As I sit in my office, on occasion, I think about what the "great books" have to say about education and its funding. Of course, this is in large measure because the matter of how we fund higher education -- and indeed, how Shimer funds its education -- or Shimer students do so -- is a matter of great concern. Both locally and nationally, and indeed internationally, the theme of afffordability is everywhere. Student debt crises -- and international debt crises -- abound. Like the horses of the apocalypse, the themes of access, accountability, and affordability are, perhaps, the shadows that put all else in relief. And all too often, affordability is the key.
Part of that conversation is about confusion about the relation of cost and value. Part of it is about the ways we provide financial aid. Part of it is about escalating costs of higher education associated (on the one hand) with the costs of employment benefits, debt management, and other real phenomena and (on the other hand) part of the rising cost has to do with the rise in amenities "demanded" by those looking for a college or university to attend. The fabled third hand, though, is the many ways we have shifted the financing of higher education from the public sphere (alongside a recognition if its public good) to private funding (whether the individual or private foundations). The percentage of college costs paid by state and local, not to mention federal, funds has declined in recent decades. Our tax dollars are not funding as high a percentage of higher education as they once did. It is complucated, true, but that is part of the story.
Even when affordability is not the topic for discussion, finances remain centrally important to every institution of higher education. As I have been told (and of course know): higher education is a business. Well, not quite in Shimer's case: it is a not-for-profit institutions and most businesses are not. The sentiment is right, though, insofar as it means we must balance our books (and in this case I do not mean balancing Aristotle with Derrida or ensuring all of us read the work of women authors). Keeping our eye always on hte educational mission AND finances is the challenge.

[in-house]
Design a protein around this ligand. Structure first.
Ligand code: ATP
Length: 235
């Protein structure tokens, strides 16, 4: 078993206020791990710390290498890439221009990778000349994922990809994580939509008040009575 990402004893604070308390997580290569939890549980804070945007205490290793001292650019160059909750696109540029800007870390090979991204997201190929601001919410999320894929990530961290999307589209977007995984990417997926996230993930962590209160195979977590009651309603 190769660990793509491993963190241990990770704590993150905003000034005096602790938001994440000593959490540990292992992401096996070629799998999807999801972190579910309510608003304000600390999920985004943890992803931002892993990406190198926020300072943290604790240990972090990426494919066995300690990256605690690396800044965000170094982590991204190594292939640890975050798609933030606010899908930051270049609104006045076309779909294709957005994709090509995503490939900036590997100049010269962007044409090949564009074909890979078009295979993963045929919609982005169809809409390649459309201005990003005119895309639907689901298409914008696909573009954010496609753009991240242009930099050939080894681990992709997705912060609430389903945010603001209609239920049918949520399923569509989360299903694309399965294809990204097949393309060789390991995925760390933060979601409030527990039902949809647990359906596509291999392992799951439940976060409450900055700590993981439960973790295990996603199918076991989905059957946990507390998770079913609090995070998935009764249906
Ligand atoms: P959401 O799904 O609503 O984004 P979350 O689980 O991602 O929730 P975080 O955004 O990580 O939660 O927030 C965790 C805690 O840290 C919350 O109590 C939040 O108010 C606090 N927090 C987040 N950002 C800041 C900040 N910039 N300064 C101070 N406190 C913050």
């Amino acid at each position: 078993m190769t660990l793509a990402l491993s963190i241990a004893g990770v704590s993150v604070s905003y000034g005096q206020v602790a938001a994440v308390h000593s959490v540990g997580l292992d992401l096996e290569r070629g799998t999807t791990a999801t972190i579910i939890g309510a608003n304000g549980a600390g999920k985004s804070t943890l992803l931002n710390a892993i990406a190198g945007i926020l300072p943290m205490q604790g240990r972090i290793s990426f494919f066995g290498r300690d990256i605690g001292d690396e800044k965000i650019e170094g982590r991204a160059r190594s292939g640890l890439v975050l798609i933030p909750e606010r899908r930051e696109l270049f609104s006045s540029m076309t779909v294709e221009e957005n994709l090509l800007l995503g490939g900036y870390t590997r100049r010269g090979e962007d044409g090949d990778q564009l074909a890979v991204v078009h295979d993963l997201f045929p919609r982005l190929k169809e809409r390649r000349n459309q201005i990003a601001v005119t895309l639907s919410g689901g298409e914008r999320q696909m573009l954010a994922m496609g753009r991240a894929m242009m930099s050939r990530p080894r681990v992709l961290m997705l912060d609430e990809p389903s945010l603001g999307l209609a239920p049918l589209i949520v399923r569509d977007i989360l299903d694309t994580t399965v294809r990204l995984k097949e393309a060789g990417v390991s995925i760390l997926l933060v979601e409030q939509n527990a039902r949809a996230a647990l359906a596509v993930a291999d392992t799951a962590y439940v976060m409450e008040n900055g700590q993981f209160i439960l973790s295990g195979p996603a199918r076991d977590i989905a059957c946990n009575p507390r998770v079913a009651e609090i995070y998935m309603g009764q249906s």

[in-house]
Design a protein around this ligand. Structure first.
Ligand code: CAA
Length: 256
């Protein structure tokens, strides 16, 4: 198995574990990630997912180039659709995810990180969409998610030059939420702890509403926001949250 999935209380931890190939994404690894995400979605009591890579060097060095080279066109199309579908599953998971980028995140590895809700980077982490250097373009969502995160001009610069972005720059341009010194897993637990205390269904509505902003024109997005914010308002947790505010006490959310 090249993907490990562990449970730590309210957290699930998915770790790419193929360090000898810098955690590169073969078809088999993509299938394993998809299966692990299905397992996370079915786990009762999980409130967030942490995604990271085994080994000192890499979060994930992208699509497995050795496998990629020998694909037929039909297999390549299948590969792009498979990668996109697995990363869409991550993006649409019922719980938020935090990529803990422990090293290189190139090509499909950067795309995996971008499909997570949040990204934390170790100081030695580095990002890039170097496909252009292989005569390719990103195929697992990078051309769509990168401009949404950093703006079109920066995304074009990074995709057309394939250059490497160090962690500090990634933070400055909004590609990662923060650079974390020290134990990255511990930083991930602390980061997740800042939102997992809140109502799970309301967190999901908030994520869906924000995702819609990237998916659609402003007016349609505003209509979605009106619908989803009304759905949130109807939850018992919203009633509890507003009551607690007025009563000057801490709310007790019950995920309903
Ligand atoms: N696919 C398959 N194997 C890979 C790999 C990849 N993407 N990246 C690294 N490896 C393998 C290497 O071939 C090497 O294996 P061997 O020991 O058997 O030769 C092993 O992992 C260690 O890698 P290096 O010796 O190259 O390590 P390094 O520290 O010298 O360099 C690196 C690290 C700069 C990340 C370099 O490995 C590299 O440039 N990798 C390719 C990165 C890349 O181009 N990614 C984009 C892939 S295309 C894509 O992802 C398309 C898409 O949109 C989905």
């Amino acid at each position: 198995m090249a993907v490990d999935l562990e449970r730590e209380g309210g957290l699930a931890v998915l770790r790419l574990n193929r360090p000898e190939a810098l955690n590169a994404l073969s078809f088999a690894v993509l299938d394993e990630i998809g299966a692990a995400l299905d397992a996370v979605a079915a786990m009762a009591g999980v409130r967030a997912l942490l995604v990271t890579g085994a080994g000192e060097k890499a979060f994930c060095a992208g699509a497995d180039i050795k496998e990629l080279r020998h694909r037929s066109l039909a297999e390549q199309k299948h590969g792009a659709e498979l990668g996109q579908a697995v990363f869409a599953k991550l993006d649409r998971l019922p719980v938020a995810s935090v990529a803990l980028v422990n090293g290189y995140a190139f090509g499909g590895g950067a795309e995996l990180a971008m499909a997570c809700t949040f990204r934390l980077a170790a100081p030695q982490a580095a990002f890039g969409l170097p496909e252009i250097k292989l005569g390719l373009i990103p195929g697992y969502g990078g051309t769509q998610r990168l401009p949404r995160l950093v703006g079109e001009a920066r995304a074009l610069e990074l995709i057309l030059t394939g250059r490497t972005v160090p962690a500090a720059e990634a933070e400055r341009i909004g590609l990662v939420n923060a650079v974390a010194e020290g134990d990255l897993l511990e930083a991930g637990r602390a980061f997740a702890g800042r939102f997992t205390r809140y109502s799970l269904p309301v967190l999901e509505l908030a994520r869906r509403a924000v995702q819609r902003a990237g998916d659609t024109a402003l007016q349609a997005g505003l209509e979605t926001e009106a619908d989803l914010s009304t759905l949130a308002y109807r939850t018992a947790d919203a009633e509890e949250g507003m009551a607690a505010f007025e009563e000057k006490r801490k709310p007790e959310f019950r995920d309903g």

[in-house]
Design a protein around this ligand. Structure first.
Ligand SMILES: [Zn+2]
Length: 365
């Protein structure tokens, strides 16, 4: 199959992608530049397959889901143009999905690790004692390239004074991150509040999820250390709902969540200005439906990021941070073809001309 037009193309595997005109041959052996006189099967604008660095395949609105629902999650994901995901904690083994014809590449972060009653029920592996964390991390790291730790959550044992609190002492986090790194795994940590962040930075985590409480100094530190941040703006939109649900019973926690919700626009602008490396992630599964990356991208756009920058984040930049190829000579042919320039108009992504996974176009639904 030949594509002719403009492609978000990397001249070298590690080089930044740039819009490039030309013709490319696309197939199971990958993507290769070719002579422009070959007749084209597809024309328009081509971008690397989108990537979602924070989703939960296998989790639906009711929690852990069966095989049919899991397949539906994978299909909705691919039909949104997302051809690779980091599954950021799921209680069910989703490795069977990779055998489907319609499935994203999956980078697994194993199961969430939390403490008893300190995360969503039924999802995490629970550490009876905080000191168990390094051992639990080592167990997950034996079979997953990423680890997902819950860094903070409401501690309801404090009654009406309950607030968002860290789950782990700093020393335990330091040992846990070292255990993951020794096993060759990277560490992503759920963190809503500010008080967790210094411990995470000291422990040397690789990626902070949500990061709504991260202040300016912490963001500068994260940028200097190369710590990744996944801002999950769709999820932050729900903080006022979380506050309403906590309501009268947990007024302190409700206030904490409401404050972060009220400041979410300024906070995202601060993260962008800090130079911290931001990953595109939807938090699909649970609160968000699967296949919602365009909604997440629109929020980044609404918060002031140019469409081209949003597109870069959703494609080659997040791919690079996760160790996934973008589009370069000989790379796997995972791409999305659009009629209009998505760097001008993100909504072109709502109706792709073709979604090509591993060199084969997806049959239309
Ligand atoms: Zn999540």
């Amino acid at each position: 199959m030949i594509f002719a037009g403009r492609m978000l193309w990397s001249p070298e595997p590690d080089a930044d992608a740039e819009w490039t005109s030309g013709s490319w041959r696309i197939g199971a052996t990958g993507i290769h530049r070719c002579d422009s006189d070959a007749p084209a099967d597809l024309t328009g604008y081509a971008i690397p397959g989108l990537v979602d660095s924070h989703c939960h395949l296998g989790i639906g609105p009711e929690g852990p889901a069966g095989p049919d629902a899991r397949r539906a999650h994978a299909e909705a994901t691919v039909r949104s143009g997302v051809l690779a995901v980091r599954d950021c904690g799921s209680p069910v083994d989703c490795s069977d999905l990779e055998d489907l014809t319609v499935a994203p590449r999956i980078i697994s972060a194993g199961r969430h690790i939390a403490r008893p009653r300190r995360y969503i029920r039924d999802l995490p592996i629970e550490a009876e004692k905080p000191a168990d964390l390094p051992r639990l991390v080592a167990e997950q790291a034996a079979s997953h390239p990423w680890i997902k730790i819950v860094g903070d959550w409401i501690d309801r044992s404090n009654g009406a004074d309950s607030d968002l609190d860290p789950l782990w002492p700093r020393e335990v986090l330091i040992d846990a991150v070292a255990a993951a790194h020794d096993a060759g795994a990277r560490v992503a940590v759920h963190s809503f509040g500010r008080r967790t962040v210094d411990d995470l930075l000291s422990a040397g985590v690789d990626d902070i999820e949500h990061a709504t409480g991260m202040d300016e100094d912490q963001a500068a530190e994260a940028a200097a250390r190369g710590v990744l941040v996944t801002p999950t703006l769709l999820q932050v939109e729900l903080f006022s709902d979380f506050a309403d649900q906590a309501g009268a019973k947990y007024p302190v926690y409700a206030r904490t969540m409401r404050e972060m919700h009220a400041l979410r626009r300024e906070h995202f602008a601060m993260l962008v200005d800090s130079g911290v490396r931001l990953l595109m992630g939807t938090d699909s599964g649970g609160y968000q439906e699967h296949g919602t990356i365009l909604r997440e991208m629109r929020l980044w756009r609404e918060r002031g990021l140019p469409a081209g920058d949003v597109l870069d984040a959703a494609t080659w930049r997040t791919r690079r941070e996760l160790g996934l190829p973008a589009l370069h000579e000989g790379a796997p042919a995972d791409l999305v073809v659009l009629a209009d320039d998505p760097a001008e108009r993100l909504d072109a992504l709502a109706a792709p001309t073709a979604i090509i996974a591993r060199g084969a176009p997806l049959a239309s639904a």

And what does this have to do with great books? Here's one example.
(thanks to this site for the picture! I love a good beret.)
Adam Smith has not only gone to college but he has (like his friend Mr. Smith, played long ago by Jimmy Stewart) gone to Washington (and to many state capitals as well). Though born in 1723, and dead by 1790), his words seem oddly relevant today. All of the following quotations come from the copy of Adam Smith I acquired while teaching in Soc II at the University of Chicago many years ago. The underlining seems oddly apt. (The edition: from the U of C Press, edited and with an introduction by Edwin Cannan.) The sections -- Book V, Chapter 1, articles II and III.
"In every profession, the exertion of the greater part of those who exercise it, is always in proportion to the necessity they are under of making that exertion. . . The endowments of schools and colleges have necessarily diminished more or less the necessity of application in the teachers." (p. 283)
"Whatever forces a certain number of students to any college or university, independent of the merit or reputation of the teachers, tends more or less to diminish the necessity of that merit or reputation." (p. 285)
"The discipline of colleges and universities is in general contrived, not for the benefit of the students, but for the interest, or more properly speaking, for the ease of the masters. Its object is, in all cases, to maintain the authority of the masters." (p. 287)
There is, of course, more, and these are, of course, taken out of context both in terms of the structure of the argument and the period of history (and thus the state of higher education). And yet, aspects of what Smith says seem quite relevant today. Or, at least there are echoes of these views out there about the relation of affordability to teaching to . . . . economics. Could this be in part because those who warrant the privatization of many goods in our social order have read Smith?